Josh’s favorite food by far is hand pulled beef noodles 牛肉拉面. They’re made super fresh right in front if you, according to the thickness that you request for only 5 kuai (about 80 cents USD). They add beef broth, thin slices of beef and cilantro. You can add vinegar 醋 and chili 辣椒.
I think out other favorite foods were made by families that invited us over.
We haven’t even seen orange chicken or fortune cookies ;-). We love noodles, dumplings, beef dishes and vegetables, especially eggplant and these really thinly sliced potatoes.
China is one of two counties that has the longest history in the world. It’s amazing to be in a country where (just about) everyone is from the same heritage, especially one that has been thriving for so long! Our overall impression is that most people here are kind and helpful. They are also are bold and aren’t afraid to speak their mind! They are very hardworking, and passionate about their country.
3. Old meets new
There is so much history everywhere you look! But there is also so much innovation and growth at the same time.
4. The taste of fruits and vegetables
I am sad to say that vegetables in America taste terrible in comparison to vegetables here. There is a large open market just a 2 minute walk away from us that has tons of fresh green vegetables (and at amazing prices). The vendor is rubbing soil off big orange carrots that you can only assume came straight from the farm. The way a tomato in America tastes is a crime. What did they do with the flavor? No wonder american kids don’t like to eat vegetables, the flavor has been taken away. I want to get to the bottom of this and figure out what to do about this problem.
5. Everyone is one big family
My heart melted the first time a little kid that I didn’t know called me “ayi” (aunt). In China, little kids call adults aunt, uncle, grandma or grandpa, even if they’re not related to them. They also call their peers big/little brother or sister. It is so sweet! I wonder if it stemmed from the one child policy. (Which is still in effect but not as strict, it seems. I know a lot of people who have one sibling. I know one person who has two, but you have to apply to have more than one child.)
6. The language
Even though Chinese is one of the hardest languages to learn, I love it! I love that the characters are pictorial and that the characters that they use today derived from ancient Chinese which started in 2700 BC! The writing is the same thtought all of China (except Taiwan, which uses traditional) so even though there are a lot of dialects, everyone can read the same characters. Even though pronunciation and tones are difficult, I really like the sentence structures and how words “make sense.” For example, “raisin” in Chinese is 葡萄干 literally “dried grape.” To me that is much easier than having two totally separate words for grape and “dried grape-raisin.”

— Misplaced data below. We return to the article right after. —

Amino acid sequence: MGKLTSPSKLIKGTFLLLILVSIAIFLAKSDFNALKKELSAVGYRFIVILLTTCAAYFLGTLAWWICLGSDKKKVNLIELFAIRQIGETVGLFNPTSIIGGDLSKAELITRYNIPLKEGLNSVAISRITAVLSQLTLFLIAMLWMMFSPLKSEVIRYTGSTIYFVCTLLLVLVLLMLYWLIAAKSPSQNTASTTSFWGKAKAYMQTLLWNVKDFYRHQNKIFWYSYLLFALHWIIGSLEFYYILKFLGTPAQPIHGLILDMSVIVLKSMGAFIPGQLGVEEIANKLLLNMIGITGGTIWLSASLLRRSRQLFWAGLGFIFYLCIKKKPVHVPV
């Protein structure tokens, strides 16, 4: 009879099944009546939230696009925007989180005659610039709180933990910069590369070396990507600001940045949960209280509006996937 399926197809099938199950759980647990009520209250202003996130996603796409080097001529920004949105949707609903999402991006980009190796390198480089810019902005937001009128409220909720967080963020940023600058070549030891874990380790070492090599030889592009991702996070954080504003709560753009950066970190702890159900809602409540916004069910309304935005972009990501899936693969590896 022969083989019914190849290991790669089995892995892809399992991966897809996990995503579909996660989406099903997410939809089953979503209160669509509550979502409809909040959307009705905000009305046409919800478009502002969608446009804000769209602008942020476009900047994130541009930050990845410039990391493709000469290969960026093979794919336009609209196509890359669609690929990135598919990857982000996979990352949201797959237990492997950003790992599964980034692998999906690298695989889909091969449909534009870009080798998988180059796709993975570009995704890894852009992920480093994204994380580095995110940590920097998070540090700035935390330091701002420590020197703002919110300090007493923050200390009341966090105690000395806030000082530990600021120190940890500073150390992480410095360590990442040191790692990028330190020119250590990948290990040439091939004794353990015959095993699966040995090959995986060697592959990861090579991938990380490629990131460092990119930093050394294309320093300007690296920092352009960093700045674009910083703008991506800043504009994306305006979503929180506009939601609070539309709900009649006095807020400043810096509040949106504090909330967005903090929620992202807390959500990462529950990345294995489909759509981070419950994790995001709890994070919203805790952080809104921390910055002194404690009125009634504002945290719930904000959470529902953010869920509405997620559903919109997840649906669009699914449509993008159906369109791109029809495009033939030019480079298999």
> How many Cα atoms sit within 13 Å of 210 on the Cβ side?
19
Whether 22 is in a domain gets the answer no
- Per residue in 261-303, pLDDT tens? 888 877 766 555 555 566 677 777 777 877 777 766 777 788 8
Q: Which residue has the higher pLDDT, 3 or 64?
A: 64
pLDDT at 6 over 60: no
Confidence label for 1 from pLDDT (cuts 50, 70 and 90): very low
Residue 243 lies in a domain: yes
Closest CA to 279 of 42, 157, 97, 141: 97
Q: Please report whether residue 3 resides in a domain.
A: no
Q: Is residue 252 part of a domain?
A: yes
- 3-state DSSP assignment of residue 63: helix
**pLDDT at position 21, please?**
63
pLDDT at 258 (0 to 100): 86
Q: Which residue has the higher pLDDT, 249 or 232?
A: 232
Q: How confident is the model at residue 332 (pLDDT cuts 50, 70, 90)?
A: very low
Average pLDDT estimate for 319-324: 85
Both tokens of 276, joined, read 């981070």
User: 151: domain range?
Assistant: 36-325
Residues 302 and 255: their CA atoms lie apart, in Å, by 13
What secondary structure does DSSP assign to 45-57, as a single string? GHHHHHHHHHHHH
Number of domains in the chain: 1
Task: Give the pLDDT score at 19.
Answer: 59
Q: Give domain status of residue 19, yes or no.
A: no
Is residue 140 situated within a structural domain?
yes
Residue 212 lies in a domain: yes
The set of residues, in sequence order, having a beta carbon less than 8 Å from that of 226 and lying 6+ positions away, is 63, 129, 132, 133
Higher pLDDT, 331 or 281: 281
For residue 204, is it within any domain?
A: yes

7. Public transportation and trains
So crowded! But so cheap and convenient! In the winter we went with my friend to Xi’an. We traveled 19 hours by train and it only cost us 150 RMB each, which is about 23 USD. The subway can take you all over the city for only 2 RMB, about 30 US cents!
8. Energy saving and re-purposing
China is so good at saving energy. Though this means two things are gone that I miss desperately: a dishwasher and a clothes drier. Two appliances that I definitely took for granted in America! Everyone washes dishes by hand and line-dries their clothes (usually on a small patio attached to their apartment).
A lot of things in my classrooms were repurposed from a different object. Pringle-like chip cans are popular vases and pencil holders. Toilet paper tubes are turned into a decorative fence and hung on the wall. 100 cigarette boxes are turned into a doll house (not my kind of child toy, but still creative. Smoking is very popular here).
9. The price of things and their proximity
I got my hair cut today. I walked 1 minute away from my apartment and it cost me 10元 which is about $1.60! For Levi to get his haircut there it’s 5元, or 80 cents USD!
10. Our close friends and Bible study group